The Lithuanian Jewish Community invites you to greet the Sabbath with guest and artist Raimondas Savickas on the 100th birthday of his father and celebrated Lithuanian painter Augustinas Savickas at 6:00 P.M. on May 10 on the third floor of the Lithuanian Jewish Community.
With sadness we report the death of Arkadij Buchman on May 7. He was born in 1931. Our deepest condolences to his wife and loved ones.
The Goodwill Foundation which allocates monies compensated by the Lithuanian government for seized Jewish communal property is acquiring the premises which were state property on Pylimo street in Vilnius and is considering the acquisition of more properties in other Lithuanian cities.
This week the Lithuanian Ministry of Culture registered a draft Government resolution under which the building at Pylimo street no. 4, worth almost one million euros, would be transferred to the Goodwill Foundation. This is the headquarters of the Lithuanian Jewish Community as well, which is currently leasing the building.
The transfer will take place by a reduction in the monetary compensation which the state is supposed to pay and which comes to about 3.6 million euros annually. “We want there to be enduring residual value for the Jewish communities after compensation ends. The buildings and real estate are residual durable goods,” Goodwill Foundation director Indrė Rutkauskaitė told BNS.
United States president Donald Trump said the United States supports Israel 100% regarding missile attacks from the Gaza Strip and says Israel is defending its citizens. He warned the leadership in Gaza missile attacks would only cause more misfortune, and called upon Palestinians to make use of the opportunity for peace being presented.
Photo: Lilija Valatkienė: Skliutauskaitė’s canvasses enchant with their freedom of improvisation and virtuosity
Today we visit painter, graphic designer and puppeteer Adasa Skliutauskaitė. Life hasn’t spared her pain, loss and disappointment. As if in response to that, as if to ransom that guilt, destiny has given her talent, optimism, a great sense of humor and longevity. On May 5 Adasa turned 88.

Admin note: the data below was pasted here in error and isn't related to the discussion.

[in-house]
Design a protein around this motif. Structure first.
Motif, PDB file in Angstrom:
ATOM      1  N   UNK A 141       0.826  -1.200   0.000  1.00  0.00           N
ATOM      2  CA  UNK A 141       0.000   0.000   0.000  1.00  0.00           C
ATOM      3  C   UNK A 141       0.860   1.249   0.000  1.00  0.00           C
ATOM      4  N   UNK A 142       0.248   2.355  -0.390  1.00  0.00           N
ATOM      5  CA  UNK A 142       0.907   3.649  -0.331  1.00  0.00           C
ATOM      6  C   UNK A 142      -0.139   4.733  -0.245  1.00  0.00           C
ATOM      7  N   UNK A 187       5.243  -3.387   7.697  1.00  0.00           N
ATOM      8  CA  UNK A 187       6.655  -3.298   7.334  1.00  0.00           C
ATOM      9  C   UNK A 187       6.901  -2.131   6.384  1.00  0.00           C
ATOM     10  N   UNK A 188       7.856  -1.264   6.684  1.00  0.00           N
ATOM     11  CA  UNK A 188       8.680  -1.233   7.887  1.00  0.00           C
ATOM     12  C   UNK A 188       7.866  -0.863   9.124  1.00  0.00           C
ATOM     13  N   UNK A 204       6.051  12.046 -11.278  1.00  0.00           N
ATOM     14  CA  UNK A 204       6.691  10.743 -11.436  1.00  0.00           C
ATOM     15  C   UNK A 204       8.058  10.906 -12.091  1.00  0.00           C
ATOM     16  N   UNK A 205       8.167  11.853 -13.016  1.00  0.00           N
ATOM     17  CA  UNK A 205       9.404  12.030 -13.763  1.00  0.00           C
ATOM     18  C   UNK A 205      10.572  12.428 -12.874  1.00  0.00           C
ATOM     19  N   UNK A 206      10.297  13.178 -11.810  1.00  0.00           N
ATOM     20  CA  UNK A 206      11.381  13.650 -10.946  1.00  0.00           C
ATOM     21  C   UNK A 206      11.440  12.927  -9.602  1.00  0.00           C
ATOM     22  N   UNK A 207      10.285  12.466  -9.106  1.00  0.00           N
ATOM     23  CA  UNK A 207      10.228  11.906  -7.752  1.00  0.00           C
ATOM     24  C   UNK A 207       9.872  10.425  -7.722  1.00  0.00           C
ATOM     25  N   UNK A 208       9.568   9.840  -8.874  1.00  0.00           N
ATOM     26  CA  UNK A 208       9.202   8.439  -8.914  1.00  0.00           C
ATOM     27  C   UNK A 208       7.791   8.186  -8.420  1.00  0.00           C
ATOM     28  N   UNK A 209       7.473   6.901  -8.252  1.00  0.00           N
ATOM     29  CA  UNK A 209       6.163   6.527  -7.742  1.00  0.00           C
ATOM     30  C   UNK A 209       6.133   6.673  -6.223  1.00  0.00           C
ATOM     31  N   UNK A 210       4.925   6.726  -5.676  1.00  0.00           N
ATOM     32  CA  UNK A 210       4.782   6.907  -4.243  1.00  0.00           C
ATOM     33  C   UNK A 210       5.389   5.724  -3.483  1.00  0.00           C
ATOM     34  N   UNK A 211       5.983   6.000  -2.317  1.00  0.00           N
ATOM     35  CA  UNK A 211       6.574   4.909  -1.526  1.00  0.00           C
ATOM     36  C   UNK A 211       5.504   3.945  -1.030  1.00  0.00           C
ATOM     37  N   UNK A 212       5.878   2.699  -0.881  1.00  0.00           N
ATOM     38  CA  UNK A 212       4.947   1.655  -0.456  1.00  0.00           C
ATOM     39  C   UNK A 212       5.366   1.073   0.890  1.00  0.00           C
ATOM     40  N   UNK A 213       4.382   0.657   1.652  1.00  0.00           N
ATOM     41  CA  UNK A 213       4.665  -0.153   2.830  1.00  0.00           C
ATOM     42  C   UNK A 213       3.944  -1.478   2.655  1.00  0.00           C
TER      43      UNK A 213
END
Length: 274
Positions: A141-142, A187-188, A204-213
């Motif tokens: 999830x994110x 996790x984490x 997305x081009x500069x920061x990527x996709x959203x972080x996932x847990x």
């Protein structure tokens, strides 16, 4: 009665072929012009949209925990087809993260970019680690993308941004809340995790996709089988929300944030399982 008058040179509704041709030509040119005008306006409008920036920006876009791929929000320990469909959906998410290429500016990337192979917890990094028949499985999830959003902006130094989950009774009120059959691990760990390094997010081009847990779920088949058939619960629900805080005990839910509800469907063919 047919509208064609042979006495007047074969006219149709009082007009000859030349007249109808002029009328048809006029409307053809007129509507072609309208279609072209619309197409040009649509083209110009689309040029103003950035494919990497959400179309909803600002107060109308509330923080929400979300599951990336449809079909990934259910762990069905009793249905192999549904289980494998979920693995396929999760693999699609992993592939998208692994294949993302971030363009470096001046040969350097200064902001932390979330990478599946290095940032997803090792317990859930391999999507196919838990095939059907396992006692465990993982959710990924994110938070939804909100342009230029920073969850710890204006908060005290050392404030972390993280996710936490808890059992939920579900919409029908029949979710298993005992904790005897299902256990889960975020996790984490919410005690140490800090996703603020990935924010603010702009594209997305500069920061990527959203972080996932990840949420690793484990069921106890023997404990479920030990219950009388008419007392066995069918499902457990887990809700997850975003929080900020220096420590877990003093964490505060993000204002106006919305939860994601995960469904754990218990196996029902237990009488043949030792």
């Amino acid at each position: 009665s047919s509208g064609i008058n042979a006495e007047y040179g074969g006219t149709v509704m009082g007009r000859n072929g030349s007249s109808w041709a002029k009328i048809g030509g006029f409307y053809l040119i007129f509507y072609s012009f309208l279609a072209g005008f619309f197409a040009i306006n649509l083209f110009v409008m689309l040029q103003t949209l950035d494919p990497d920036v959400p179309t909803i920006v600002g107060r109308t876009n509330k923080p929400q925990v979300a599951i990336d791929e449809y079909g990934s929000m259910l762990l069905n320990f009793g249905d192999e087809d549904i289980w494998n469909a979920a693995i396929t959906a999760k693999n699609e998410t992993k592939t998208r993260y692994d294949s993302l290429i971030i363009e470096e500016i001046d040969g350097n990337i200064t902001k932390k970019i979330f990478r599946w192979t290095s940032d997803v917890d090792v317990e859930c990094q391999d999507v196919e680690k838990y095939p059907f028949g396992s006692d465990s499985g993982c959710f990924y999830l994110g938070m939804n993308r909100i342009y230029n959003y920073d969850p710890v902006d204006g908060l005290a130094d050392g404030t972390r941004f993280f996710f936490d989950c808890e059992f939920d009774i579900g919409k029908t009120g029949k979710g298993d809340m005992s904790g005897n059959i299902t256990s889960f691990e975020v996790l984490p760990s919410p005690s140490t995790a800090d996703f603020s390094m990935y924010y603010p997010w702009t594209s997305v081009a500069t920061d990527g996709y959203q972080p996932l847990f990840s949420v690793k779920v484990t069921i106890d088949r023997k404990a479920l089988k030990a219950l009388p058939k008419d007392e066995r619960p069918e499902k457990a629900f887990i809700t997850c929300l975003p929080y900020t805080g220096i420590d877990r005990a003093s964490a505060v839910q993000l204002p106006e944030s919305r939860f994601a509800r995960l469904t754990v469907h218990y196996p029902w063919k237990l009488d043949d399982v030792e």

“To a genial artist, a good friend and an incomparable utterer of profanity, with the the most profound appreciation and gratitude,” the dedication of Grigoriy Kanovich’s book Candles in the Wind reads in praise of that book’s illustrator, Adasa Skliutauskaitė.
Full story in Lithuanian here.
The Lithuanian Jewish Community, corporation code 190722117, will hold a reporting and elections conference at the Lithuanian Jewish Community at Pylimo street no. 4, Vilnius, at 12 noon on May 28, 2019.
1. Election of LJC conference chair and secretary;
2. Adoption and confirmation of independent audit of LJC and financial report for 2018;
3. Confirmation of report on LJC activities for 2018;
4. Election of LJC executive board.
Representatives (delegates) of LJC association members are invited to attend the conference. More detailed material on the planned conference is available for viewing at the LJC at Pylimo street no. 4, Vilnius.
For more information write email@example.com or call (8 5) 261 3003.
Compared to earlier extravaganzas this year the Sholem Aleichem school in Vilnius held a remarkably low-key celebration of Yom Ha’Atzmaut or Israeli independence day on May 9, commemorating Israel’s 71st birthday.
Two years ago a dance troupe juggled flaming objects in tandem followed by a mass overflight of drones. Last year was also special to mark 70 years of independence. This year teachers and staff held a small commemoration ceremony inside the school during the day with voluntary attendance by students, followed by games and a picnic on the athletics field. A sound system provided the appropriate Israeli songs for the occasion and there was a tripod set up over live coals where a woman in a peasant costume cooked fresh bread. Parents brought picnic foods and set them on benches outside according to the class their child or children were in. A small game took place on the court where children threw balls lined with velcro at a similarly velcroed target. Those who made it within two rings of the bullseye received a candy. Participants appeared to have a great time just because parents and children had a chance to meet and socialize.